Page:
COLLEGE STATION, Texas — Johnny Manziel certainly has the statistics worthy of a Heisman Trophy winner. He plays in the powerful Southeastern Conference. He has a signature win — all things Heisman voters typically look for.
The only question is whether the voters will give the award to a freshman for the first time.
Adrian Peterson, star running back for the Vikings and the only freshman to finish second in voting, is hoping the jinx ends Saturday night.
Hopefully they don't rob him like they did me, Peterson, who lost by 328 votes to junior Matt Leinart in 2004, said in an interview with The Associated Press. I hope he wins.
Manziel may a favorite this year, but who knows? Kansas State quarterback Collin Klein and Notre Dame linebacker Manti Te'o are the other finalists and both can make strong cases, too. But neither caught the attention of the fans quite like Johnny Football, who led the Aggies to an upset of off No. 1 Alabama in Tuscaloosa.
Manziel accumulated 4,600 yards of total offense in 12 games to break the Southeastern Conference record for total yards in a season. The record was previously held by 2010 Heisman winner Cam Newton, who needed 14 games to pile up 4,327 yards.
The Aggies, who went 10-2 in their first season in the SEC after moving from the Big 12, certainly hope Manziel is the one to finally break the freshman curse (Manziel is a redshirt freshman, not a true freshman).
On a website the school created to promote Manziel for the award, they point out that he's different than many freshman. Manziel enrolled in college in January 2010 and will be a junior academically this spring. He turns 20 today, making him older than Mark Ingram was when he took home the Heisman as a sophomore in 2009.
He would also be just the second Aggie to win the award and the first since John David Crow in 1957. Crow got a push from his famous coach before the voting was done that season.
If John David Crow doesn't win the Heisman Trophy, then-A&M coach Paul Bear Bryant said, they ought to stop giving it.
Crow got a good laugh this week when asked if he believed the same was true of Manziel.
I don't have near the audience that coach Bryant had, he said, still chuckling. I'm not sure how big that would go over.
Then the 77-year-old former halfback got serious.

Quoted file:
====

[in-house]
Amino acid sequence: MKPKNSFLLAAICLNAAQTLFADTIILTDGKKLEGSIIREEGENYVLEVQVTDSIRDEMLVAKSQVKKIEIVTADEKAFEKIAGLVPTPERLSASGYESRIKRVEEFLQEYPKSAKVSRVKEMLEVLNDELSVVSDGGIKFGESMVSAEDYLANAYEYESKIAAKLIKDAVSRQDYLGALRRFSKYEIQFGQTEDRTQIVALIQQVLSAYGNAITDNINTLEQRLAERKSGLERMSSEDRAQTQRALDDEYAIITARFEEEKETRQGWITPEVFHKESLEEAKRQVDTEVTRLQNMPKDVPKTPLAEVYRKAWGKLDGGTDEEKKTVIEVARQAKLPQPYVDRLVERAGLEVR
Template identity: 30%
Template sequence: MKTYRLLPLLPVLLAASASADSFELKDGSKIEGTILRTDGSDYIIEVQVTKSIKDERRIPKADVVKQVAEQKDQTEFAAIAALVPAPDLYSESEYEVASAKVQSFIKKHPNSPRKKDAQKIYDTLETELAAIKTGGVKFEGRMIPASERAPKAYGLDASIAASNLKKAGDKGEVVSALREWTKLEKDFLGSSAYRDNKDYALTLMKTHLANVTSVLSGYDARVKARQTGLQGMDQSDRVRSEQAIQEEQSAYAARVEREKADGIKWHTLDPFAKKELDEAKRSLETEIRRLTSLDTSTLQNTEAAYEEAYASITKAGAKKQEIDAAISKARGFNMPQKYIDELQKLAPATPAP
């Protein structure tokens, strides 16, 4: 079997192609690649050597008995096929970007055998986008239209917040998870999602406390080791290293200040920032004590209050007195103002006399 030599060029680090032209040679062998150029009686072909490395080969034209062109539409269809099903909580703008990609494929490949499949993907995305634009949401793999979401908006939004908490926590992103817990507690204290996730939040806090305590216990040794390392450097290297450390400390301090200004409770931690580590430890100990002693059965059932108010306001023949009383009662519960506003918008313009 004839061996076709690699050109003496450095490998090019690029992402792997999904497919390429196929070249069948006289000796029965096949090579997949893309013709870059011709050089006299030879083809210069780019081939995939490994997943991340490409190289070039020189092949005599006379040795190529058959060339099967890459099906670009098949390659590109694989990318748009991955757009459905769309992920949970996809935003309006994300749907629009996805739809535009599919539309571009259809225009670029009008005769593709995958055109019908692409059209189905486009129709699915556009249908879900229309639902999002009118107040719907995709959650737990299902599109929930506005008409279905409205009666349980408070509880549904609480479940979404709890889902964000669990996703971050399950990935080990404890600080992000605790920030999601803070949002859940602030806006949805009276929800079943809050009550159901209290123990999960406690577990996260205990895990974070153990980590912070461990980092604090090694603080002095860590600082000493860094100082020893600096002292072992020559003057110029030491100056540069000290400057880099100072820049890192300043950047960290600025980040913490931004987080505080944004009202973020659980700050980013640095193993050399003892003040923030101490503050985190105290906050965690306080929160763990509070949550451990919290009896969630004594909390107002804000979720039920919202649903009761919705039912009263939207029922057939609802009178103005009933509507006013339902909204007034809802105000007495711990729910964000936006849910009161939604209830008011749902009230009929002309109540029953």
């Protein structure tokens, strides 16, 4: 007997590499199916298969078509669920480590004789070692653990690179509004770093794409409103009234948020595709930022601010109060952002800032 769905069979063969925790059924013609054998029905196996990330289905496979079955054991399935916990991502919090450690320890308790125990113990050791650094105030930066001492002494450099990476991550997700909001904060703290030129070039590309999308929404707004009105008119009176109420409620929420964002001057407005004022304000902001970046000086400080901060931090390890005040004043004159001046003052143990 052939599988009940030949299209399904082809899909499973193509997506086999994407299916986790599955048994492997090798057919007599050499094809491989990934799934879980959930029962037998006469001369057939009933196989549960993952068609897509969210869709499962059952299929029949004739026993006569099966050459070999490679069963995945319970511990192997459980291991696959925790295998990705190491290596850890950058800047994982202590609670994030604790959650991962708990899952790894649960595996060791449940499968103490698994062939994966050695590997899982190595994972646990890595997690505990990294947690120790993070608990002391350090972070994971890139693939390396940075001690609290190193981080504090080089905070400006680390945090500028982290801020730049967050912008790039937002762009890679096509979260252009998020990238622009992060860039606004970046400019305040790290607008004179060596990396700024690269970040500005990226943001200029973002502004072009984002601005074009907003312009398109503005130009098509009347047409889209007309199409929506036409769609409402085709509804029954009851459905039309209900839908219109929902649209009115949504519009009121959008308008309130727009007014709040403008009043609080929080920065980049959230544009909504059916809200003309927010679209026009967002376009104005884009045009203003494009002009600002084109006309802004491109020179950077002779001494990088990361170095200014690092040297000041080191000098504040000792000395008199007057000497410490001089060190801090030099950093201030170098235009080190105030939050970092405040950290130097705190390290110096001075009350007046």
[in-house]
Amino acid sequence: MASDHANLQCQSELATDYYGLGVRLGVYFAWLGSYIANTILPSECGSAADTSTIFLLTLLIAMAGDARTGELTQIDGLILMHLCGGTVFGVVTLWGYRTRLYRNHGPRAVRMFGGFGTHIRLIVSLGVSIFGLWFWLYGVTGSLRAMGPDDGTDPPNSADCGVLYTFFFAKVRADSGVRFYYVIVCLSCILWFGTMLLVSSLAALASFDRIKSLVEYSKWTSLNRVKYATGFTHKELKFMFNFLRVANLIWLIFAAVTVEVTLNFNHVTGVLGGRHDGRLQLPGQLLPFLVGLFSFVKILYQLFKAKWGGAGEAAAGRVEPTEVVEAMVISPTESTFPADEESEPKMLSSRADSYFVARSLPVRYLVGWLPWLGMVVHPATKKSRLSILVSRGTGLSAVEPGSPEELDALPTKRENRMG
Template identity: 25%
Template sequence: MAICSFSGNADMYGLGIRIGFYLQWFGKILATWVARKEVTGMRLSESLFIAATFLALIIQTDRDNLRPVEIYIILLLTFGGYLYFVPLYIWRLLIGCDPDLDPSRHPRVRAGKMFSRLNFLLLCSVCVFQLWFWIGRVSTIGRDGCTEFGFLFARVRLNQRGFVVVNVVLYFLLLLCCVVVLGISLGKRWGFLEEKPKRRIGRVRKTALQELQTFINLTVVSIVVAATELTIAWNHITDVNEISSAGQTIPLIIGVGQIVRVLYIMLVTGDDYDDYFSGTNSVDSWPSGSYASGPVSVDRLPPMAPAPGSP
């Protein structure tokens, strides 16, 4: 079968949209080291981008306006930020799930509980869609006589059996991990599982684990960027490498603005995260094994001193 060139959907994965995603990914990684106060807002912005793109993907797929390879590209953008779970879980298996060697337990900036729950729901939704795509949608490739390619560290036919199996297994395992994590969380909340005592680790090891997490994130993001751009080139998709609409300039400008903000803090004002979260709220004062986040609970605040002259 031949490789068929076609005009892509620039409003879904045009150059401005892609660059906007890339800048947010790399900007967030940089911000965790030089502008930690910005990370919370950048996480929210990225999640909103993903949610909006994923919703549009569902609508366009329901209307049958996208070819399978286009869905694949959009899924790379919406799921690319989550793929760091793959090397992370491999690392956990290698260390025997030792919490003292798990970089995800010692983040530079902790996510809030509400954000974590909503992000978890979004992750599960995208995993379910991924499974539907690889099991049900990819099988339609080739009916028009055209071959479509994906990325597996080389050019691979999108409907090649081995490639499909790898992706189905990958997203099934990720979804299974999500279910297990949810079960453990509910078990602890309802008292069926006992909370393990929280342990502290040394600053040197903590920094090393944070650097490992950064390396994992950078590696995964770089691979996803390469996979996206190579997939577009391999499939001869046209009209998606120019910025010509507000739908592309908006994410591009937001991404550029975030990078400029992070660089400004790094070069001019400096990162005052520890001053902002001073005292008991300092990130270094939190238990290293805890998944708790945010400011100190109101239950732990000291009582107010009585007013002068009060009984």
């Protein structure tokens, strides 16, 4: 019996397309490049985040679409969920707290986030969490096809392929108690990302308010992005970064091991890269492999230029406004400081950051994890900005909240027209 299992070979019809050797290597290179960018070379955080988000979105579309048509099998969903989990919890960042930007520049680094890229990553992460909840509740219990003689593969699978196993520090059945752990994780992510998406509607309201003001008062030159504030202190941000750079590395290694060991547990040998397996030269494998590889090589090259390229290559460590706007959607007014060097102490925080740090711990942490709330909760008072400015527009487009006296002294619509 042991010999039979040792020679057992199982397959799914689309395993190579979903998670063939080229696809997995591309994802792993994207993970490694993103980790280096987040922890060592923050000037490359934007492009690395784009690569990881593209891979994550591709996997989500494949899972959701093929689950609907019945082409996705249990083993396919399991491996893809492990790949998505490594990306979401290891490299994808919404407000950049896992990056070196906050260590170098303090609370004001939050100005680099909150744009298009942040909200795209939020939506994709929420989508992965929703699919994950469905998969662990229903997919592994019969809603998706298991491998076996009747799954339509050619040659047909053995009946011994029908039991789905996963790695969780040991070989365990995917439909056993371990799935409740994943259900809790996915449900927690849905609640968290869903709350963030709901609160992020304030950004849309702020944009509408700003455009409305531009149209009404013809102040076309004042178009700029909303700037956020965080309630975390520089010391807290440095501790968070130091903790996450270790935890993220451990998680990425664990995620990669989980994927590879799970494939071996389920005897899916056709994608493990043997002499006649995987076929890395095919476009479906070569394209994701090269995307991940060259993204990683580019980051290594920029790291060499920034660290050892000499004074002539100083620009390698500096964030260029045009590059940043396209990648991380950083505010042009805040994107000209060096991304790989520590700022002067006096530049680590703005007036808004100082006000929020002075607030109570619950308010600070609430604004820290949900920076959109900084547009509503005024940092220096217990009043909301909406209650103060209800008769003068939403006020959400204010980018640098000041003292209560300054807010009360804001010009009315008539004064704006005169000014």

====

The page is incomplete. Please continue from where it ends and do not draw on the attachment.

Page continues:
He is very, very deserving, Crow said. I don't care what age he is, whether he is right-handed or left-handed, wears a 17 shoe or nine shoe, he is very, very deserving of being named the outstanding player in college this year.
Manziel's whirlwind season had a modest beginning with him having to beat out two other quarterbacks to win the starting position in mid-August.
As his numbers grew, so did the legend of Johnny Football, a nickname Aggies bestowed him with as he settled in at College Station. When the Aggies beat the defending champion Crimson Tide on national television behind an outstanding performance by Manziel, the phrase seemed to be everywhere.
It's a name that still amuses him.
I don't know if I really see it as a legend, he said. It's more of a folk tale, I guess.
His numbers alone seem like the stuff of some exaggerated Texas football folk tale. He has thrown for 3,419 yards and 24 touchdowns and run for 1,181 yards and 19 more scores to become the first freshman, first SEC player and fifth player overall to throw for 3,000 yards and run for 1,000 in a season.
But his eye-popping numbers don't tell the whole story. The improvisation is what really sets him apart. Manziel has a knack for evading defenders, staying on his feet and finishing plays that seem impossible. Kind of like Robert Griffin III, the Baylor star who won the Heisman last year. Or Fran Tarkenton, another wizard at avoiding defenders.
I don't think there's many people in this world that could do some of the things he did, Crow said. He was born to run around back there — at least it looks that way to me.
Manziel was so disappointed when he came out of spring practice as a backup that he enlisted the help of quarterback guru George Whitfield to refine his skills this summer. He spent a week at Whitfield Athletix in San Diego, training up to five hours a day with Whitfield, who has worked with scores of players including Newton, Vince Young and Andrew Luck.
Whitfield was struck by Manziel's competitiveness and his desire to soak up every bit of knowledge that the coach had for not just him, but all of the quarterbacks in training.